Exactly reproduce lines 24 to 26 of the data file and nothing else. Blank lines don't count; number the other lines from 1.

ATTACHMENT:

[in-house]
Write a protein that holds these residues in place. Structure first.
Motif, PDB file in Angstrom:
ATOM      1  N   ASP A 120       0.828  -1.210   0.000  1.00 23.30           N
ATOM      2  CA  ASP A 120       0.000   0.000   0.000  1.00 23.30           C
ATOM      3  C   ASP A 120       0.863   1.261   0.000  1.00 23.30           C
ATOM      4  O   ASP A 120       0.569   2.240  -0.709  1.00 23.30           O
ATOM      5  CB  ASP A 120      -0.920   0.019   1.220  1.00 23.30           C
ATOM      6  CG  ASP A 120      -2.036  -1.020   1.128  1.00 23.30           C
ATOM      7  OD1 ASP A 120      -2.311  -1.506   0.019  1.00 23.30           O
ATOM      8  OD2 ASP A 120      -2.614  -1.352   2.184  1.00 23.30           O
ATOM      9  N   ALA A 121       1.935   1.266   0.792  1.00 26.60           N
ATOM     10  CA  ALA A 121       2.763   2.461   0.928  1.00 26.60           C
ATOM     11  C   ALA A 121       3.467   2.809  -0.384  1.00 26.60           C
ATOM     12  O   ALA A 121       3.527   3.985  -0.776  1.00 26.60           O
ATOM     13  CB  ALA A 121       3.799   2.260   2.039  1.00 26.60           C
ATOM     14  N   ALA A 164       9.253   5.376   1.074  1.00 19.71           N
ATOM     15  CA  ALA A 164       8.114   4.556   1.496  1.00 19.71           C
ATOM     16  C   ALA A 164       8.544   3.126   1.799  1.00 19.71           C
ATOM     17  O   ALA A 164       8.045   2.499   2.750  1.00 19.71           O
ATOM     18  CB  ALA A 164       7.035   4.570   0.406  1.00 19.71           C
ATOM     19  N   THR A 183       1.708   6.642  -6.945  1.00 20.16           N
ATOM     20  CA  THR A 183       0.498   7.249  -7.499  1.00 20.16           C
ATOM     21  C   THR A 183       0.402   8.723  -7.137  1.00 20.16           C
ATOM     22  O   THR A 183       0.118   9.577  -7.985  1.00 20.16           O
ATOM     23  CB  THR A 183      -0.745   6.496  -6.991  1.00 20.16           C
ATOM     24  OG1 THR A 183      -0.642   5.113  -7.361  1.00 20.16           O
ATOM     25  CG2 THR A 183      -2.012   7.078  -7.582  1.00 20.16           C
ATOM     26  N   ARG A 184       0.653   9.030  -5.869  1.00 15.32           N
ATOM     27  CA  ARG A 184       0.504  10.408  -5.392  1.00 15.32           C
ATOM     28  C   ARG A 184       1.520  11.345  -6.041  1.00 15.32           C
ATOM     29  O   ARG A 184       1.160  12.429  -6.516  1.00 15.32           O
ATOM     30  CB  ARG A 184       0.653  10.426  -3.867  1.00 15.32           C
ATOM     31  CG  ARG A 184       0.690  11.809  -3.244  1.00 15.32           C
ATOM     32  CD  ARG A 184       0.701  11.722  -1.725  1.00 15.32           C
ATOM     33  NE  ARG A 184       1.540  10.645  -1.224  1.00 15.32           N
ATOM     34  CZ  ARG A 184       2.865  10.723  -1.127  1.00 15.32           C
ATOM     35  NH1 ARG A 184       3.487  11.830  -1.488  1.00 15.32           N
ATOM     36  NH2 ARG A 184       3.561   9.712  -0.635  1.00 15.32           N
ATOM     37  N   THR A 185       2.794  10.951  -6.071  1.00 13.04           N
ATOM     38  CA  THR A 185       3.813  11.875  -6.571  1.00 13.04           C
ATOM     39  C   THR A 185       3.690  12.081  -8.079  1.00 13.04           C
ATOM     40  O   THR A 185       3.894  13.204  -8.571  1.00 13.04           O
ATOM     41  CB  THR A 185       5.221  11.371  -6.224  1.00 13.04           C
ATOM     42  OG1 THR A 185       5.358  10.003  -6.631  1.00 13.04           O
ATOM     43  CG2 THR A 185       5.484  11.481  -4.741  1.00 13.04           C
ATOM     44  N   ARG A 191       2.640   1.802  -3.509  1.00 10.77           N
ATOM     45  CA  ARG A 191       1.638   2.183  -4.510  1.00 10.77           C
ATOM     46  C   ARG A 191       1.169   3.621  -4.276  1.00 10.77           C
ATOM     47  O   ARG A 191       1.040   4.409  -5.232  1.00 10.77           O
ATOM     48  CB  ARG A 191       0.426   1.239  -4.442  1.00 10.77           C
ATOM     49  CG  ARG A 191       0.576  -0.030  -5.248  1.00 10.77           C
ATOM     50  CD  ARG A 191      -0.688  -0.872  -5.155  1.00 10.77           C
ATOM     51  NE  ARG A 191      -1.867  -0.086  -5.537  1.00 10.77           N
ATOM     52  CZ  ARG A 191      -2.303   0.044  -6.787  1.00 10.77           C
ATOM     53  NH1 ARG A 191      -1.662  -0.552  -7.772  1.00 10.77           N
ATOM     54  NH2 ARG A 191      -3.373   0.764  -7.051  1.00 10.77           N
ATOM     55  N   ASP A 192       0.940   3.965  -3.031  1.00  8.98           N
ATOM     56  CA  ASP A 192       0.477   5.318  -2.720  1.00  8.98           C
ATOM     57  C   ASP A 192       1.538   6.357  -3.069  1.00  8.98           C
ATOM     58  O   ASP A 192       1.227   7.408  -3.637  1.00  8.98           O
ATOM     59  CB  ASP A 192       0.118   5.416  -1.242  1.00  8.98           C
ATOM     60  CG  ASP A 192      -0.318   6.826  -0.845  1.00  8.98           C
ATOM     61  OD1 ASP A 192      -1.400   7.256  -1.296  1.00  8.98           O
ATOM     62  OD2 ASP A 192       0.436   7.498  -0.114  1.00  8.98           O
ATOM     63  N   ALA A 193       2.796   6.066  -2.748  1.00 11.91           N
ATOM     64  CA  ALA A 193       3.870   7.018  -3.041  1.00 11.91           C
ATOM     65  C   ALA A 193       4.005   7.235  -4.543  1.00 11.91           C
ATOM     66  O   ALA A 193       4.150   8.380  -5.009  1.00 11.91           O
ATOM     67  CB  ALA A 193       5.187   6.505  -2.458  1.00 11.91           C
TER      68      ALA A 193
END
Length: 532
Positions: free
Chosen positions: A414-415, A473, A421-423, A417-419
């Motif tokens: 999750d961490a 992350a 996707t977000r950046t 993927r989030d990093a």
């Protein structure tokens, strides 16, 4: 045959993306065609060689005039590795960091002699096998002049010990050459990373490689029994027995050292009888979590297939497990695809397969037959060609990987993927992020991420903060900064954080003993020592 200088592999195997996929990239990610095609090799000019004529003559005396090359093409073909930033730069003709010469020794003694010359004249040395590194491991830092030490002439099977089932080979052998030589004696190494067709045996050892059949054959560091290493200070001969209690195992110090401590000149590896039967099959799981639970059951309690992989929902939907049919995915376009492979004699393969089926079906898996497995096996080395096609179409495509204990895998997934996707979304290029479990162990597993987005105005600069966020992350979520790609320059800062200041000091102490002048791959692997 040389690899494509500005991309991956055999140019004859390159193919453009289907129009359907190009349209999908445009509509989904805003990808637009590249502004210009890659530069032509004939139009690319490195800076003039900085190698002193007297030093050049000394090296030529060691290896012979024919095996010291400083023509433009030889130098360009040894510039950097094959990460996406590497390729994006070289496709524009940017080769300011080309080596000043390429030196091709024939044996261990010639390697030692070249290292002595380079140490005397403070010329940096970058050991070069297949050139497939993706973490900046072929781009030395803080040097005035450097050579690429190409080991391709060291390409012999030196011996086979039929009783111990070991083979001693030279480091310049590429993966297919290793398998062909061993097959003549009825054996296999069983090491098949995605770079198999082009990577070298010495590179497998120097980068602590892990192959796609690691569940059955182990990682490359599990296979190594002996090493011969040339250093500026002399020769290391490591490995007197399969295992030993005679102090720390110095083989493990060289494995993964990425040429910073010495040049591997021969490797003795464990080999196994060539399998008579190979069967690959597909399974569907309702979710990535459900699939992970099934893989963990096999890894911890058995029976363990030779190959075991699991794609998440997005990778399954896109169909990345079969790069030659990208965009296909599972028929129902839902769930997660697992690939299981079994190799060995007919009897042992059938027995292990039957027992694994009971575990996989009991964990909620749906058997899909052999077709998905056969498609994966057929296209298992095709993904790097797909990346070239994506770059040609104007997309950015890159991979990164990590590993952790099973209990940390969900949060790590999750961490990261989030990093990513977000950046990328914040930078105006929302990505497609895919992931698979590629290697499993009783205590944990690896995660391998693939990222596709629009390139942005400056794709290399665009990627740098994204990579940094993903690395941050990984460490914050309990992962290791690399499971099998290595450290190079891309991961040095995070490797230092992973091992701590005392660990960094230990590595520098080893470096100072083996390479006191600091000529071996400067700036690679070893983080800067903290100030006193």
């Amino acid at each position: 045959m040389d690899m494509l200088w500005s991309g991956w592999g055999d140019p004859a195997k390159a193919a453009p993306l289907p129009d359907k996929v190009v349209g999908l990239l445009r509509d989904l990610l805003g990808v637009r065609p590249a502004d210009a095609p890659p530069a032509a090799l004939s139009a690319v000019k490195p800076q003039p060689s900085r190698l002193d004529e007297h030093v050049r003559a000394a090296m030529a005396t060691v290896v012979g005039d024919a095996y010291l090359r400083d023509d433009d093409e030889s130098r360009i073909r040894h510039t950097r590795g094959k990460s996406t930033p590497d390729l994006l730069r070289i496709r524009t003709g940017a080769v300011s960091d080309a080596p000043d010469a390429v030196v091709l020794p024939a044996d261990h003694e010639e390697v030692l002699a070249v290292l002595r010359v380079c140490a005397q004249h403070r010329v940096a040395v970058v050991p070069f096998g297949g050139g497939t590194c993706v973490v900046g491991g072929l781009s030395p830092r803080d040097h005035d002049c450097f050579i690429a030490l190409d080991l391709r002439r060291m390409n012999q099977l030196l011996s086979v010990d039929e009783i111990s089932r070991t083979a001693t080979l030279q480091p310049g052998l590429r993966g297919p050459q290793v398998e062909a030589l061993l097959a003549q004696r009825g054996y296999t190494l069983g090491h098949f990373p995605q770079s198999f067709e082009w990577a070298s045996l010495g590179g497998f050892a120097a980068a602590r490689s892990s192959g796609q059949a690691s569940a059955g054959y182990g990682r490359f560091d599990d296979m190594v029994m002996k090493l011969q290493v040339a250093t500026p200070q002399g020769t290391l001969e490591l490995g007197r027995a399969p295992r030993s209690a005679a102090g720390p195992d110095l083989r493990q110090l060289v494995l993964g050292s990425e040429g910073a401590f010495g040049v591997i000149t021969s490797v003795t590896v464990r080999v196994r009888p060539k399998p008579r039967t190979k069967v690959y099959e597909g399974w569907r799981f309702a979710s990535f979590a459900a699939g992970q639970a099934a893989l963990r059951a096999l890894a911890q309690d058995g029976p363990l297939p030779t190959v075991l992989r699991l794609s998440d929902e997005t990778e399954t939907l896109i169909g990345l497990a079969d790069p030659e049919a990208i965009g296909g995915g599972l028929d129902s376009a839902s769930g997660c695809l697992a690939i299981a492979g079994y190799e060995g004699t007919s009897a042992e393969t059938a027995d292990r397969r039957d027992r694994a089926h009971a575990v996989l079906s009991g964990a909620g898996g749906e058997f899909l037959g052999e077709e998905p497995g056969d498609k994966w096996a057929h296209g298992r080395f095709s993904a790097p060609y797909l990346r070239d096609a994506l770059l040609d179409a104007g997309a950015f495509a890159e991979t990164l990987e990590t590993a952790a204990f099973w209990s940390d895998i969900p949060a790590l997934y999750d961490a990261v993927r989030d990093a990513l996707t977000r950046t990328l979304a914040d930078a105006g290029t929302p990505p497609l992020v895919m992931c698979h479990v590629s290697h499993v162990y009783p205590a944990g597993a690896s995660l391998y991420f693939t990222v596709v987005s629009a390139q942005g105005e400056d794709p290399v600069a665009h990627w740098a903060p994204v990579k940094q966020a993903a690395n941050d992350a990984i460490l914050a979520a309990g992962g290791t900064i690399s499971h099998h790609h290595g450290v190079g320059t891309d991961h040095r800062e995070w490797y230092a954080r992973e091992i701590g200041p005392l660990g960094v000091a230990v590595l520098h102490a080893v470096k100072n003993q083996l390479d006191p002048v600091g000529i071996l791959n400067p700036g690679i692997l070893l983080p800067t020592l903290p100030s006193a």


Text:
ATOM     21  C   THR A 183       0.402   8.723  -7.137  1.00 20.16           C
ATOM     22  O   THR A 183       0.118   9.577  -7.985  1.00 20.16           O
ATOM     23  CB  THR A 183      -0.745   6.496  -6.991  1.00 20.16           C